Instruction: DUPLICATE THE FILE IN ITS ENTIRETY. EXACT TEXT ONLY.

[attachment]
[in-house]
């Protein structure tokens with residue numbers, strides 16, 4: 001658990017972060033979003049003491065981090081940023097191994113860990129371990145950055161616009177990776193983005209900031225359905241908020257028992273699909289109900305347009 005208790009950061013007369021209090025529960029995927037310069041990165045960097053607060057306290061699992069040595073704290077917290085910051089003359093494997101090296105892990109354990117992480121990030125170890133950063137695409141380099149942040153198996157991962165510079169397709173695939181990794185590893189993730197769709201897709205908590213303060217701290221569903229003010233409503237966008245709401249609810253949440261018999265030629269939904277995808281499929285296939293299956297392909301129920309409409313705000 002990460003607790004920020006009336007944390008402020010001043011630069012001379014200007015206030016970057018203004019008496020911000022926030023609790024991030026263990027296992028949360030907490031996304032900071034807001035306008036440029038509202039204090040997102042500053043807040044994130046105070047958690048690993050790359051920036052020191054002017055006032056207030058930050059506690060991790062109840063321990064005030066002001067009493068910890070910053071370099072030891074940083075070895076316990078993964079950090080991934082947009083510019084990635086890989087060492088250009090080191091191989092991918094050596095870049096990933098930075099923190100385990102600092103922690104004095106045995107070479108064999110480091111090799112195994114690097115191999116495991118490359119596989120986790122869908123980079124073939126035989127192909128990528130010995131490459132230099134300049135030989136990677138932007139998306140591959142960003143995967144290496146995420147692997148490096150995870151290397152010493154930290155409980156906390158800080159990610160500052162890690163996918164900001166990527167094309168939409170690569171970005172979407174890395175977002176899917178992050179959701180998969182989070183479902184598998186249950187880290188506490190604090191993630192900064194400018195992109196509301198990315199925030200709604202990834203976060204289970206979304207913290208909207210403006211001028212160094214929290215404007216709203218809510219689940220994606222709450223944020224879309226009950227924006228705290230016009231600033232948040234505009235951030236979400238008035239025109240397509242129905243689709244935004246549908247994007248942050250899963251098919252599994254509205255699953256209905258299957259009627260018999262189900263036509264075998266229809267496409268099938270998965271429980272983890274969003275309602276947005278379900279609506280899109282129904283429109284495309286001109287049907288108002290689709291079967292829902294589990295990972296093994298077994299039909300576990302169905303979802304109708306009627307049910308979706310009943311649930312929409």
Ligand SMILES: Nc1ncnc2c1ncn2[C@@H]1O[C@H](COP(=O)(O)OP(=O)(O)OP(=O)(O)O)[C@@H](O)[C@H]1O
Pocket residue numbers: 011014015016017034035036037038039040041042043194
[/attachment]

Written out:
[in-house]
């Protein structure tokens with residue numbers, strides 16, 4: 001658990017972060033979003049003491065981090081940023097191994113860990129371990145950055161616009177990776193983005209900031225359905241908020257028992273699909289109900305347009 005208790009950061013007369021209090025529960029995927037310069041990165045960097053607060057306290061699992069040595073704290077917290085910051089003359093494997101090296105892990109354990117992480121990030125170890133950063137695409141380099149942040153198996157991962165510079169397709173695939181990794185590893189993730197769709201897709205908590213303060217701290221569903229003010233409503237966008245709401249609810253949440261018999265030629269939904277995808281499929285296939293299956297392909301129920309409409313705000 002990460003607790004920020006009336007944390008402020010001043011630069012001379014200007015206030016970057018203004019008496020911000022926030023609790024991030026263990027296992028949360030907490031996304032900071034807001035306008036440029038509202039204090040997102042500053043807040044994130046105070047958690048690993050790359051920036052020191054002017055006032056207030058930050059506690060991790062109840063321990064005030066002001067009493068910890070910053071370099072030891074940083075070895076316990078993964079950090080991934082947009083510019084990635086890989087060492088250009090080191091191989092991918094050596095870049096990933098930075099923190100385990102600092103922690104004095106045995107070479108064999110480091111090799112195994114690097115191999116495991118490359119596989120986790122869908123980079124073939126035989127192909128990528130010995131490459132230099134300049135030989136990677138932007139998306140591959142960003143995967144290496146995420147692997148490096150995870151290397152010493154930290155409980156906390158800080159990610160500052162890690163996918164900001166990527167094309168939409170690569171970005172979407174890395175977002176899917178992050179959701180998969182989070183479902184598998186249950187880290188506490190604090191993630192900064194400018195992109196509301198990315199925030200709604202990834203976060204289970206979304207913290208909207210403006211001028212160094214929290215404007216709203218809510219689940220994606222709450223944020224879309226009950227924006228705290230016009231600033232948040234505009235951030236979400238008035239025109240397509242129905243689709244935004246549908247994007248942050250899963251098919252599994254509205255699953256209905258299957259009627260018999262189900263036509264075998266229809267496409268099938270998965271429980272983890274969003275309602276947005278379900279609506280899109282129904283429109284495309286001109287049907288108002290689709291079967292829902294589990295990972296093994298077994299039909300576990302169905303979802304109708306009627307049910308979706310009943311649930312929409």
Ligand SMILES: Nc1ncnc2c1ncn2[C@@H]1O[C@H](COP(=O)(O)OP(=O)(O)OP(=O)(O)O)[C@@H](O)[C@H]1O
Pocket residue numbers: 011014015016017034035036037038039040041042043194